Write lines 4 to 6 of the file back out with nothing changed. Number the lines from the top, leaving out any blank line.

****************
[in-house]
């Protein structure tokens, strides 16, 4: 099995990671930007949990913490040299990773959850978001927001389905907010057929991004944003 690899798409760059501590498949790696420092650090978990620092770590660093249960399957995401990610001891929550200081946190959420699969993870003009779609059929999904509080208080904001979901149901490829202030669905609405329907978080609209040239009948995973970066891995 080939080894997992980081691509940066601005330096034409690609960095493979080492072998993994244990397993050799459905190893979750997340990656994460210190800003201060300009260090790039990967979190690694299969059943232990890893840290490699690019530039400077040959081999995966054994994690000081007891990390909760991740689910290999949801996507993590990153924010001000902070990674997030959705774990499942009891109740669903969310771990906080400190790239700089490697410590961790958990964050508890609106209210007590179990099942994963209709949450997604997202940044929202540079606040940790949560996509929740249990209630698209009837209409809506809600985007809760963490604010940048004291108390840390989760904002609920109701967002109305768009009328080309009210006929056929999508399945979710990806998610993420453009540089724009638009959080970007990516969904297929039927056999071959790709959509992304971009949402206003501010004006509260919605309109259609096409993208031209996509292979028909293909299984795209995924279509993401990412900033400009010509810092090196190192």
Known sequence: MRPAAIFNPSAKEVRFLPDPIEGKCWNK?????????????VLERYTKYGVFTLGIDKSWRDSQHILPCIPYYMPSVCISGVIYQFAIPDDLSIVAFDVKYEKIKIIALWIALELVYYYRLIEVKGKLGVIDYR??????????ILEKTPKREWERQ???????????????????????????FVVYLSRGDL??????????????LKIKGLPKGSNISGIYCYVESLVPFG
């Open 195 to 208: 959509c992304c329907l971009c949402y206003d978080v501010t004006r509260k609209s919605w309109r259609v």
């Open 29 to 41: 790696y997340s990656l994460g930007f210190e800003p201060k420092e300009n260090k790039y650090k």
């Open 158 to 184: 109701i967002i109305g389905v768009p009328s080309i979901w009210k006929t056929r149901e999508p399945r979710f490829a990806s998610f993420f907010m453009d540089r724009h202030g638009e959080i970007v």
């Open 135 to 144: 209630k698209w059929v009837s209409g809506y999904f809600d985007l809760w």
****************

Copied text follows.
């Open 195 to 208: 959509c992304c329907l971009c949402y206003d978080v501010t004006r509260k609209s919605w309109r259609v």
């Open 29 to 41: 790696y997340s990656l994460g930007f210190e800003p201060k420092e300009n260090k790039y650090k």
């Open 158 to 184: 109701i967002i109305g389905v768009p009328s080309i979901w009210k006929t056929r149901e999508p399945r979710f490829a990806s998610f993420f907010m453009d540089r724009h202030g638009e959080i970007v």